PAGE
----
# Sklearn Objects – fit() v/s transform() v/s fit_transform() v/s predict()

## What is the difference between fit(), transform(), fit_transform() and predict()?

This question has been arising a lot in our mind and every Machine Learning beginner does struggle with these functions. And hence, we are here to explain you the major difference between these functions from the scikit-learn Python module.

Before we proceed, we should know that in a machine learning algorithm, we first begin with data preprocessing and then we train the model.

In data preprocessing, we will use the `fit()`

, `transform()`

and the `fit_transform()`

functions.

Meanwhile in model training, we use fit() and predict() functions.

**Data Preprocessing:**

In data preprocessing, we use those three functions as mentioned above.

The `fit()`

function is used to find the mean and the standard deviation of the dataset.

The **transform()** function is used after the `fit()`

function where we mathematically transform the values using the mean and the standard deviation values derived from the **fit()** function.

However, there is already a function which clubs both of these functions and hence we get to see the `fit_transform()`

function which first ‘fits’ the dataset and then it ‘transforms’ them in just a one single function.

However, we use `fit_transform()`

for the train dataset, while `transform()`

is used for the test dataset.

To use data preprocessing, we write the following line of code to install the library:

from sklearn.preprocessing import StandardScaler()

After installing the library, we can use these functions.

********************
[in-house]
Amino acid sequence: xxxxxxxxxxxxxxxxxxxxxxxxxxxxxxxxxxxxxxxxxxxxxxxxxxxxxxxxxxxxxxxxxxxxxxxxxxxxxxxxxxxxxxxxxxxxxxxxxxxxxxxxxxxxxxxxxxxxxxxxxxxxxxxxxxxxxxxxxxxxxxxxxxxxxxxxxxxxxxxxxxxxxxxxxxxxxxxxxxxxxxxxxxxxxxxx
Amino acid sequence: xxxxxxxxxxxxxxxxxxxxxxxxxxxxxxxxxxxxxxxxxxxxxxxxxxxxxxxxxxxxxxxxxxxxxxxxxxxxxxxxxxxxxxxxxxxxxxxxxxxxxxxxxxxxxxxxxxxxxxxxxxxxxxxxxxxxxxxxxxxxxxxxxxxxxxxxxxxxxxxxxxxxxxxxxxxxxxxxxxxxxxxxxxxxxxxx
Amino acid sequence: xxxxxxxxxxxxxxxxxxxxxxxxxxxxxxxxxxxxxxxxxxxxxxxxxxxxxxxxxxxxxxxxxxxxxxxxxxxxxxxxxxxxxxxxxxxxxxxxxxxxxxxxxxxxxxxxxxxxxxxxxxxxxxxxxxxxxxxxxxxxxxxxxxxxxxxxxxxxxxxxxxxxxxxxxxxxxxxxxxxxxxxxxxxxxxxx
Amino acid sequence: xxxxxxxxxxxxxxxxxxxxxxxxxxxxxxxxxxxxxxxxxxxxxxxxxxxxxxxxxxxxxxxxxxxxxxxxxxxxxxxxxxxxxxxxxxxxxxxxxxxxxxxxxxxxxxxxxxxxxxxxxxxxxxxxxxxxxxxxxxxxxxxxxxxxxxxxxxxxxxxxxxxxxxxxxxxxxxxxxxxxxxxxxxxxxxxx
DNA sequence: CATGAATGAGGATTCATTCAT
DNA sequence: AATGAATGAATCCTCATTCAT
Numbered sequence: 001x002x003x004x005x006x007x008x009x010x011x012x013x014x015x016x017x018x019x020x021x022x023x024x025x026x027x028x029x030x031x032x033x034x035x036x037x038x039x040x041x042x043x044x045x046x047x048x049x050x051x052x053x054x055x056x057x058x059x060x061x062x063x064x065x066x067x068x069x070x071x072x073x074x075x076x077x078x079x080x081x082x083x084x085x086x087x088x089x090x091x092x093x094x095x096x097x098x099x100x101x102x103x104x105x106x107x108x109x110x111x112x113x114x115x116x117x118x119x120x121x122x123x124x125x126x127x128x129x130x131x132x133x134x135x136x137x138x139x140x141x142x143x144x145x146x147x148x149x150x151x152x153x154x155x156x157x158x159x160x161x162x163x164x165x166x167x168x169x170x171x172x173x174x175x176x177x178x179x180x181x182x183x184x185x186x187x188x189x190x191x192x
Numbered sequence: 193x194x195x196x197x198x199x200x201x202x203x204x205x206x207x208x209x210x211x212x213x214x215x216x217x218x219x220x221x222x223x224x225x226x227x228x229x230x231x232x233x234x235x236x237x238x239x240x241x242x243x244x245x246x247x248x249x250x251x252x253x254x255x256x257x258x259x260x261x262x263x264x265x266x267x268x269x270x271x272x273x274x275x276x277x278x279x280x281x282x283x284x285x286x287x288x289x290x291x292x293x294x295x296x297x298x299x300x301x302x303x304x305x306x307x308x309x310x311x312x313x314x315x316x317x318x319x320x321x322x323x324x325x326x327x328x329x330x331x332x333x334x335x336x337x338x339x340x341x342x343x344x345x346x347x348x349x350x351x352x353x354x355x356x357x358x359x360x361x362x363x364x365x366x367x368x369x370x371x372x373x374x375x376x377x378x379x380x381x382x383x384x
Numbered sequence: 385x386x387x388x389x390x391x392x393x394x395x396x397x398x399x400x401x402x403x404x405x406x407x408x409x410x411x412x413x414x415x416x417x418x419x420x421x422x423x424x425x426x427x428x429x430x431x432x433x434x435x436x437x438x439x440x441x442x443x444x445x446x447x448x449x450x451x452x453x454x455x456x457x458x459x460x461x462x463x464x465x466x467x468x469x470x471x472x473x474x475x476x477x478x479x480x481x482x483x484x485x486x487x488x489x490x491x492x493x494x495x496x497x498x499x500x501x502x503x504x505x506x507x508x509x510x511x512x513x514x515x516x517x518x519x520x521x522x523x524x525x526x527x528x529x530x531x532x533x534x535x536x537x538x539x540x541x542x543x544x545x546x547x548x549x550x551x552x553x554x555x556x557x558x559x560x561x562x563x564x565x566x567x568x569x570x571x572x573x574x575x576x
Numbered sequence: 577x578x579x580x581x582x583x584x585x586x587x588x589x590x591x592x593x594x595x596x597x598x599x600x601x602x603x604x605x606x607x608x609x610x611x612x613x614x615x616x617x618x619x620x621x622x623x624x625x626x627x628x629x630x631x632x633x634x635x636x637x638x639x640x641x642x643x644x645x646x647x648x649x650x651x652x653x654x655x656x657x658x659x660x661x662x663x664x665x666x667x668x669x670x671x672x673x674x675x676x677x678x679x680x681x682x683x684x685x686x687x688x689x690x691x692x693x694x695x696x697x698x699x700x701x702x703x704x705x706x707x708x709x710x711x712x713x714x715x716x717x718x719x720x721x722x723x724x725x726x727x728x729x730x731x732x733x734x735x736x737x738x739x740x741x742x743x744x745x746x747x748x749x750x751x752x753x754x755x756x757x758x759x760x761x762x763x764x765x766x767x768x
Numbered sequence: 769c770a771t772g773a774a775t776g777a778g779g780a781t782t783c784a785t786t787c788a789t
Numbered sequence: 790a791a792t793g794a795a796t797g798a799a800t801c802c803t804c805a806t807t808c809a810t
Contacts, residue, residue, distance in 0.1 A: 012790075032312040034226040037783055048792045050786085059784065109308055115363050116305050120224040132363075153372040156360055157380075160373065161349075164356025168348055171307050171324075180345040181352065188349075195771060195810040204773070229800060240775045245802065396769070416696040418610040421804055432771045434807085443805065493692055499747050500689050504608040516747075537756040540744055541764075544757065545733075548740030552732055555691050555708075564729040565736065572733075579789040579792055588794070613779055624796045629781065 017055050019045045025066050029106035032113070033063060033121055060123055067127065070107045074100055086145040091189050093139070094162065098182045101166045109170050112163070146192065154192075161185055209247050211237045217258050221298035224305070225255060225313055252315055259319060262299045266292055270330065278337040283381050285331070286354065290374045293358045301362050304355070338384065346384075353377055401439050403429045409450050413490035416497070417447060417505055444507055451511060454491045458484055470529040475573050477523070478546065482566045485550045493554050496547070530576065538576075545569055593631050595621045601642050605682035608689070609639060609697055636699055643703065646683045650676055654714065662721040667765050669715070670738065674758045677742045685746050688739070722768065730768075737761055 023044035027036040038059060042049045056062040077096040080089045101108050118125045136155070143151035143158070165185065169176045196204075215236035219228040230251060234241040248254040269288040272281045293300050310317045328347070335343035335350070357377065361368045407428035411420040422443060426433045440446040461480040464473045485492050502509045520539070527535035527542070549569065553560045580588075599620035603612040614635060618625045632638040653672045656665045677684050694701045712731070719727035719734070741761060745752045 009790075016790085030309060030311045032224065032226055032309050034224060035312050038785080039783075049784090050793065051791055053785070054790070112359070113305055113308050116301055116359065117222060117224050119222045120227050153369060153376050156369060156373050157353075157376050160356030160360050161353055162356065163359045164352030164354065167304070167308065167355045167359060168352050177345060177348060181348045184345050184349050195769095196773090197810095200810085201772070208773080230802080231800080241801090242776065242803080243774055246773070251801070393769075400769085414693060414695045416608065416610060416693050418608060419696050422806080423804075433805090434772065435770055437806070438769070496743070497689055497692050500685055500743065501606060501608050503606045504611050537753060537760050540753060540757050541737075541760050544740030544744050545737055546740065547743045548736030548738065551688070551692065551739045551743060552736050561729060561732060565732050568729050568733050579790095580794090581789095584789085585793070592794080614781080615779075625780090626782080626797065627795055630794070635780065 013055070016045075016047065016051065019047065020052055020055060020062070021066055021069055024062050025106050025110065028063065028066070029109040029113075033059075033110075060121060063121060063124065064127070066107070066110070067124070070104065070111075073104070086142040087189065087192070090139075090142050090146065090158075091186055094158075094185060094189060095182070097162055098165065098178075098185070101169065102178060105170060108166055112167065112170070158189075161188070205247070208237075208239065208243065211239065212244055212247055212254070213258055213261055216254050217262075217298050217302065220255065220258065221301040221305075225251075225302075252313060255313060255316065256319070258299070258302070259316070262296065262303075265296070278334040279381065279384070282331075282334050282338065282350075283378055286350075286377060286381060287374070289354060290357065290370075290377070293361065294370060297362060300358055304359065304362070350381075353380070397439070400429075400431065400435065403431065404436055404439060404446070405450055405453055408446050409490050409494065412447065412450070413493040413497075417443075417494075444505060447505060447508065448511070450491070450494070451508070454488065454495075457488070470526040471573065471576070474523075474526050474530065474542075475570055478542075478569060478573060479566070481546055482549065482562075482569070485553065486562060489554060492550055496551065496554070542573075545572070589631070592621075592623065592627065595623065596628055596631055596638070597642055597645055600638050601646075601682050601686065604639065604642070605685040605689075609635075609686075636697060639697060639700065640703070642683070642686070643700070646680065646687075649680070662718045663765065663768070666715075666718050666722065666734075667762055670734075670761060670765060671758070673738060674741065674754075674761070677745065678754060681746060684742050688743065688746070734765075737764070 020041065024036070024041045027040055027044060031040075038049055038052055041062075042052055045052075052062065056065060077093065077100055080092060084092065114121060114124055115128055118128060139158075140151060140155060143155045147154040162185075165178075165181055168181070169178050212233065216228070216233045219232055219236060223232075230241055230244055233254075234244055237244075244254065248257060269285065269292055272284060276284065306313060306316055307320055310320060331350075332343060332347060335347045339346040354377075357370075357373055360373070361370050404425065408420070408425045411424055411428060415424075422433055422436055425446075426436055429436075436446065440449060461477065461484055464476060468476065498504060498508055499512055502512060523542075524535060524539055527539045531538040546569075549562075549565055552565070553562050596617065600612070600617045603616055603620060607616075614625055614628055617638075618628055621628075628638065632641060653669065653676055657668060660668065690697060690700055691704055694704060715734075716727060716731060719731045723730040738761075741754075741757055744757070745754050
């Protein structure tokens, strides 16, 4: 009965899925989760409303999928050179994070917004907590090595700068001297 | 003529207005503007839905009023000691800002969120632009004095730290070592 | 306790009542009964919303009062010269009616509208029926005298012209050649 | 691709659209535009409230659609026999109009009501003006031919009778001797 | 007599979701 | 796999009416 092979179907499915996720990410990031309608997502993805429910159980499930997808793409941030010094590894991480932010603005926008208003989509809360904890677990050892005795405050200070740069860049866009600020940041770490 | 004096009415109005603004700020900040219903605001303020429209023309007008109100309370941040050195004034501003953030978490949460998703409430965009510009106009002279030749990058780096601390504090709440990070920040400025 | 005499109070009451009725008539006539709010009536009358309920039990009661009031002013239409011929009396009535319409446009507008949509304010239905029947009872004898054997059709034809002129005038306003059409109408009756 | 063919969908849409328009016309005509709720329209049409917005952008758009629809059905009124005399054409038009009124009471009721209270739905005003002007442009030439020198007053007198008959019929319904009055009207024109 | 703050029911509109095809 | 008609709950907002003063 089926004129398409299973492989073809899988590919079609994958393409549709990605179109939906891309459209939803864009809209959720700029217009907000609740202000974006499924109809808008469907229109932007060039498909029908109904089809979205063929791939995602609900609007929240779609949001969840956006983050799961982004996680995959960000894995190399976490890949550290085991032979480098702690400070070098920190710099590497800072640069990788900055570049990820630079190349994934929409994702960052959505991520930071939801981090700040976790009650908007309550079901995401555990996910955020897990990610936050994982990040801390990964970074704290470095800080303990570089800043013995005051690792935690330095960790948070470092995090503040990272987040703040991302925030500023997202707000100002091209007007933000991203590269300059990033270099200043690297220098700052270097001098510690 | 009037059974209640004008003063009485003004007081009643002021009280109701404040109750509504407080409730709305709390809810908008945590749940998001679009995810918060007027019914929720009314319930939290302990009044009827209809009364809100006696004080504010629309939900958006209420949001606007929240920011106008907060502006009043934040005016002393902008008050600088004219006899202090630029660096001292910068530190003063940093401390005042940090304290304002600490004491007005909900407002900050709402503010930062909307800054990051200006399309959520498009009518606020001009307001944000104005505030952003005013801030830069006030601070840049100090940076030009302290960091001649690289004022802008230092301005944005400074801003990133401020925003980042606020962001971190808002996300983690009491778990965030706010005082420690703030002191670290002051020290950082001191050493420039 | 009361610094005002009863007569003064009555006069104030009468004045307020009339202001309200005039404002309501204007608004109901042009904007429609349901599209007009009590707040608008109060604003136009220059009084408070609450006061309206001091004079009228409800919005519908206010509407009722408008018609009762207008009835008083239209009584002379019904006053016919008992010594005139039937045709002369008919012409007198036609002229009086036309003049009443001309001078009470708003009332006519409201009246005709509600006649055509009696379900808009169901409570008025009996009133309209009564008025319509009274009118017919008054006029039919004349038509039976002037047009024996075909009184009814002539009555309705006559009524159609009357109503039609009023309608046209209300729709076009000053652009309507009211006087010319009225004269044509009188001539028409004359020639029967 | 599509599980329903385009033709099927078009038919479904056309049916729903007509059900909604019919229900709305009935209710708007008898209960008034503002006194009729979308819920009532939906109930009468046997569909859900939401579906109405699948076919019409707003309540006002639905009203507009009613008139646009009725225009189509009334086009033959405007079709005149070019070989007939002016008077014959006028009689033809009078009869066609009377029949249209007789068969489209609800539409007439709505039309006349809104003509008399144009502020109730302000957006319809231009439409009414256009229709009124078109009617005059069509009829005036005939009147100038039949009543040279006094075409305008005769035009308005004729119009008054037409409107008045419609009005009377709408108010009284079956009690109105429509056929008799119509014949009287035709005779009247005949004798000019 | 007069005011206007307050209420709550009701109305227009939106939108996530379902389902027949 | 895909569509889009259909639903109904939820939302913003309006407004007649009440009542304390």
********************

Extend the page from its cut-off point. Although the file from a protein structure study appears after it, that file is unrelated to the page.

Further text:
Now we will take a data set that represents the offices in the Middle East.

The data set is:

As you can see, the data set has been loaded by using pandas. Before we begin with data preprocessing, we will split the data into testing and training using the `train_test_split()`

function to get **x_train, y_train, x_test, y_test.**

We can write the following code to get that:

from sklearn.model_selection import train_test_split x_train, y_train, x_test, y_test = train_test_split(x,y) print(f"x train dataset: {x_train}\n") print(f"y train dataset: {y_train}\n") print(f"x test dataset: {x_test}\n") print(f"y test dataset: {y_test}")

Output:

Now we begin with train and test scale values of x by writing the following piece of code:

datascale = StandardScaler() #We will apply the fit_transform function first x_train_scaled = datascale.fit_transform(x_train) x_test_reshape = array(x_test).reshape(3,2) x_trans = datascale.transform(x_test_reshape) #Here x_trans is the scaled test value of x

**Model Training:**

Now we will start with model training. We will use the **fit() **and **predict()** functions. The **fit()** function here has a different role. It here finds the best fit line that can be used for the training and the **predict() **function is used to predict the values.

We begin by importing the LogisticRegression library.

#Time for training the model from sklearn.linear_model import LogisticRegression

Then we will use the **fit() **function:

model = LogisticRegression() #We will fit the model y_train = array(y_train).flatten() model.fit(x_train_scaled, y_train)

Then comes the `predict()`

function usage:

pred_val = model.predict(x_trans) print(f"The predicted value is: {pred_val}")

After this, we get to see this output:

The predicted value is: [5610000 5610000 5610000]

Hence, we are done with the code.

**Summary:**

**Data Preprocessing:**

**fit() **is used for finding the mean and standard deviation, `transform()`

is used to transform the data values using the mean and standard deviation we get. ** fit_transform()** is a special function which used both

**fit()**and

**functions at one.**

`transform()`

**Model training:**

Here only **fit() **is used to find the best line and **predict() **is used for predicting the outcomes.

Thank you for reading the tutorial. We will bring more such tutorials for you. Till then, happy learning!

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